Pruning your trees is an important part of caring for them. Pruning (or trimming) encourages a tree’s growth, increases its health, and improves the appearance of not only the tree, but your entire landscaped property. Not to mention, it can boost the plant’s production of fruit and flowers. Find out why pruning trees in the winter is recommended by expert tree trimming services like Reaching Higher.
What is Tree Pruning (Trimming)?
Tree pruning, or trimming, primarily involves the removal of dead or dying branches injured by disease, insects, or other external causes. An effective pruning involves the removal of branches that are too close together or in contact, eliminating branch stubs, and maintaining a well-proportioned tree shape and density – leaving the tree with adequate room to thrive and grow. Trimming also prevents dangerous overgrowth that might cause damage to your home or to nearby structures.
When is the Best Time for Tree Trimming?
Many homeowners are unaware that winter is the best time to to trim trees. Winter offers a unique opportunity for tree care that other seasons don’t.
Pruning trees in the winter ensures that your trees will get their best start come spring, keeping them healthy throughout the warmer months.
Why Should You Prune Your Trees in the Winter?
Trees naturally go through a dormant period, which typically starts in late November and peaks in February and March. During this time, trees do not actively grow or produce leaves.
The dormant of trees during winter months presents the perfect opportunity to prune trees, for several reasons:
One of the most apparent benefits of pruning trees in the winter is bare branches. These make it easier for arborists to assess the interior of the tree canopy and its branching structure, identifying any areas that need attention. For example, dead or damaged branches can be removed more easily when leaves have dropped off.
One of the primary reasons for pruning your trees in the winter is safety. Overgrown branches can often obstruct paths or driveways. These can especially be dangerous during the winter, when ice and snow make it difficult to maneuver.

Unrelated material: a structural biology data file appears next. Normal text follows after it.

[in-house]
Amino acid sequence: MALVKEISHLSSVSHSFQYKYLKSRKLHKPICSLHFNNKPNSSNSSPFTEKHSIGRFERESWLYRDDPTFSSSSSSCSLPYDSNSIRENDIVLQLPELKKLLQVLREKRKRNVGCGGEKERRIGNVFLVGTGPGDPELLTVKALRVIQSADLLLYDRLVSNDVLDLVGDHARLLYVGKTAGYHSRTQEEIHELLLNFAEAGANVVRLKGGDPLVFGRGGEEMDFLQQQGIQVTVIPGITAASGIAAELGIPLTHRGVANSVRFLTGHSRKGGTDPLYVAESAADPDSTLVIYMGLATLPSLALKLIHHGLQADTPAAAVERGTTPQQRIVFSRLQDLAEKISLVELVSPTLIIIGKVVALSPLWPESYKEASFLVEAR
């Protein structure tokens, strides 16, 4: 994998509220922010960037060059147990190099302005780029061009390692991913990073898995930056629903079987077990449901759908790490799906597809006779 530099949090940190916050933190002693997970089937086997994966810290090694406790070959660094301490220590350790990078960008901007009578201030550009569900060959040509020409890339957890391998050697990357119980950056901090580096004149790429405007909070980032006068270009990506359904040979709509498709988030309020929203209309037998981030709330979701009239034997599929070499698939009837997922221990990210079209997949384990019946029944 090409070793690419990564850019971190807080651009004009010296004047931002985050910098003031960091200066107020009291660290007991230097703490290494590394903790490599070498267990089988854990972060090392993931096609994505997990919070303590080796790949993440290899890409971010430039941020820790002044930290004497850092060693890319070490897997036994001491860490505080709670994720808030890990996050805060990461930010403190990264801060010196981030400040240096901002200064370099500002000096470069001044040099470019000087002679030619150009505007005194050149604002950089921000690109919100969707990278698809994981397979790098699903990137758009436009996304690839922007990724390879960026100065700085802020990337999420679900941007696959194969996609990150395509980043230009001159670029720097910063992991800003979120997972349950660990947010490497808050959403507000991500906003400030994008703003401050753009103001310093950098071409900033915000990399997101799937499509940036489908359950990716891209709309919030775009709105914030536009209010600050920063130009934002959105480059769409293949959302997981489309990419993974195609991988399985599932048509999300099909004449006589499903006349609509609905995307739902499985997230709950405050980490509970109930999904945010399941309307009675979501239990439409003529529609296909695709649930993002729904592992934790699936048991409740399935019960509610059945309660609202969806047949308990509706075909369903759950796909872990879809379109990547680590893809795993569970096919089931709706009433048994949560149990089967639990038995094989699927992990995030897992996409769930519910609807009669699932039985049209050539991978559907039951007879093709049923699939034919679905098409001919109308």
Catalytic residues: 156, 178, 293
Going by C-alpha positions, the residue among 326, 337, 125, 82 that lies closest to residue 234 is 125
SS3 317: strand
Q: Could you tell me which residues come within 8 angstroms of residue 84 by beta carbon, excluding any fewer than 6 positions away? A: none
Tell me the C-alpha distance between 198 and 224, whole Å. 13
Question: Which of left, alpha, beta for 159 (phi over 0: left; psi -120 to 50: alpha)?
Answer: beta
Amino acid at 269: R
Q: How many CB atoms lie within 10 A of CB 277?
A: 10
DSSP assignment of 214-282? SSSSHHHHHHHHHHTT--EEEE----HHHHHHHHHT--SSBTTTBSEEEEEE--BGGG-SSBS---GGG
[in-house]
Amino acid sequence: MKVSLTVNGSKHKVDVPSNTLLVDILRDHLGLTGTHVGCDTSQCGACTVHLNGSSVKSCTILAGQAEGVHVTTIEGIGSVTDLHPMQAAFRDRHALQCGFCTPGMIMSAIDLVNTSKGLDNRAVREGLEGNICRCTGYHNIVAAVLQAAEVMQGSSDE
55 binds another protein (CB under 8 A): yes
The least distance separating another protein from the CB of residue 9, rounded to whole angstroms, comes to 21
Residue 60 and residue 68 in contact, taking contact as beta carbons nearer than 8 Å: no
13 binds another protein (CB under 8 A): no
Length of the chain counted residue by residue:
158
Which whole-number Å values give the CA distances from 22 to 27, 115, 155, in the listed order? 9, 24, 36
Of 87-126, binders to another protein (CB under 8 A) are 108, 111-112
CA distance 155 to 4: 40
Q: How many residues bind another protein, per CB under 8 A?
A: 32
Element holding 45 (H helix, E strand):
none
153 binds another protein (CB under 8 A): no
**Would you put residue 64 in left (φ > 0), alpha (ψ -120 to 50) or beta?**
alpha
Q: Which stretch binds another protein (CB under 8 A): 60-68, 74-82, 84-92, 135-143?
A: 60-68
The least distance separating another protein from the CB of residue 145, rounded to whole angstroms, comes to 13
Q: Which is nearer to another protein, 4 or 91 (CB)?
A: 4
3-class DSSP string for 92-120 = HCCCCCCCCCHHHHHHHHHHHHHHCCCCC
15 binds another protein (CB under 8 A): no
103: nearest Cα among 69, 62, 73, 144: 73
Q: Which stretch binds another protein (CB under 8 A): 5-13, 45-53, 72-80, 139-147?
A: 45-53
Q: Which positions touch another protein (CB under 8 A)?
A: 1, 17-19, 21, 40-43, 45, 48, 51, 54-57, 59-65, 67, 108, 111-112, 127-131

Additionally, if a tree has large dead or broken branches, it is more susceptible to breakage from high winds or stormy weather. This can be hazardous to homeowners and can cause property damage.
Because pruning removes dead or diseased branches, it ensures that there is plenty of room for new buds and leaves to grow in their place – thereby stimulating the growth of your trees throughout the spring and summer months. The pruning process also opens up tree canopies, allowing light and air to enter all parts of the crown. More light means more flowers, leaves, and fruits. In addition to thicker foliage, the increased light and airflow also reduce moisture and potential disease caused by bacteria and fungal pathogens.
Any trees trimmed during their winter dormancy will also heal and recover much more quickly due to the onset of their seasonal growth cycle.
Winter pruning can help to eliminate pests or insects that may have taken up residence over time. By cutting away any infested stems or branches early on – including crossing branches that have rubbed against each other and developed wounds — you can prevent pest problems from getting out of control. This can save both time and money down the line.
While they are dormant, trees are also less vulnerable to diseases associated with pruning cuts (e.g. oak wilt). These cuts can often provide an entryway to pathogens during warmer months.
What Trees Should Be Trimmed in the Winter?
The majority of deciduous tree species should be trimmed in the late winter. However, winter isn’t always the best time for tree trimming: Some trees should be pruned only after they’ve already bloomed in the spring or summer. Trimming them too early in the season can damage or remove buds, drastically reducing the number of flowers that appear during bloom time. Examples are magnolia, redbud, lilacs, juneberry, and azalea trees.
Furthermore, trees that bloom early in the growing season should typically be pruned immediately after they finish blooming. Non-flowering trees should be pruned in the spring, before they begin to grow.
While most evergreens (e.g. pine and fir) require very little pruning, they can benefit from being properly trimmed according to their specific growth cycles. Spruce can be pruned in the late winter, as can arborvitae, cypress, juniper, yew, and hemlock.
It may be necessary to trim any tree species for safety reasons – for example, if it suffers from hazardous dead branches or hanging limbs.
Common Trees That Should Be Pruned in the Winter:
- Mountain ash
Let Us Help You with Pruning Your Tree This Winter!
With timely care and regular maintenance, you can keep your landscape looking its best year-round. If you live in Lancaster or Chester County, Pennsylvania and are considering pruning your trees, contact Reaching Higher. – a professional tree pruning service with over 16 years of experience. Our skilled staff has years of experience in the tree care industry and is well equipped to provide the best possible care for your trees — even in locations that are hard to access.